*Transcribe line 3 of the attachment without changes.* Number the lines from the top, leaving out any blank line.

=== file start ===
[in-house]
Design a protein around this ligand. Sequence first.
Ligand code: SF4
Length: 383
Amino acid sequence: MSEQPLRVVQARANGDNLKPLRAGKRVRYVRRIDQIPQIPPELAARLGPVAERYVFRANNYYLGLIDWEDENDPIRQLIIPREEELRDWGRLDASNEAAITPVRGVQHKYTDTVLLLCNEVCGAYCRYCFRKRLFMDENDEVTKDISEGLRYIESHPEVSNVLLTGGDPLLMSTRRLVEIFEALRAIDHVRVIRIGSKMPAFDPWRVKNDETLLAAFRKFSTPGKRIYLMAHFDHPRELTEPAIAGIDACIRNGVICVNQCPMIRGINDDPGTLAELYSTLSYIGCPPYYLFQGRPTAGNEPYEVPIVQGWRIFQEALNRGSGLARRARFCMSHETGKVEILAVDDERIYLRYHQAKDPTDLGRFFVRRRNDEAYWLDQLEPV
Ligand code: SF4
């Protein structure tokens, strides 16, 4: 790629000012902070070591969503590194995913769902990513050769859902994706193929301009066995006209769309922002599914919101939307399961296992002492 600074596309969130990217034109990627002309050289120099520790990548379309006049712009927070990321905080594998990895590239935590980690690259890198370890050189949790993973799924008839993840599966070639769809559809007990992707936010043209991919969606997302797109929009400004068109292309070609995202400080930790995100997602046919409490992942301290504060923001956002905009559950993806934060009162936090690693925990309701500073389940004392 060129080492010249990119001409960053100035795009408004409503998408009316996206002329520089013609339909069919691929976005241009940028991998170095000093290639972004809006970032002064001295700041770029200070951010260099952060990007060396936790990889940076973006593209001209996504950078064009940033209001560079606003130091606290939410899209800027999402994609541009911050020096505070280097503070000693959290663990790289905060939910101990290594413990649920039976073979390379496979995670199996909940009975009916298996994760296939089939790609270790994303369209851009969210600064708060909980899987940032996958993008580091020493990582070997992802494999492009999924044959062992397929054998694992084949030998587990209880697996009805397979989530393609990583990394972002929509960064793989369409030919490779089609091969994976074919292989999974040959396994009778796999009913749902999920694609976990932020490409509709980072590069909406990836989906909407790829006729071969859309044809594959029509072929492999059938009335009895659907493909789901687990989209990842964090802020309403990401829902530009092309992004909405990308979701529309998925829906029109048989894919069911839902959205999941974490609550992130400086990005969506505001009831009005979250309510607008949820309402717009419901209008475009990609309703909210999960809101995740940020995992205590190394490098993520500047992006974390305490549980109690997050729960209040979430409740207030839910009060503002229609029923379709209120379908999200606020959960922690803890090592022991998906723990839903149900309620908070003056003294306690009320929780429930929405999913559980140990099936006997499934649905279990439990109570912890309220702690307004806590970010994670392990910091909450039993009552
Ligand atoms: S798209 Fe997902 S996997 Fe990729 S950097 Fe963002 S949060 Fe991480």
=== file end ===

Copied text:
Ligand code: SF4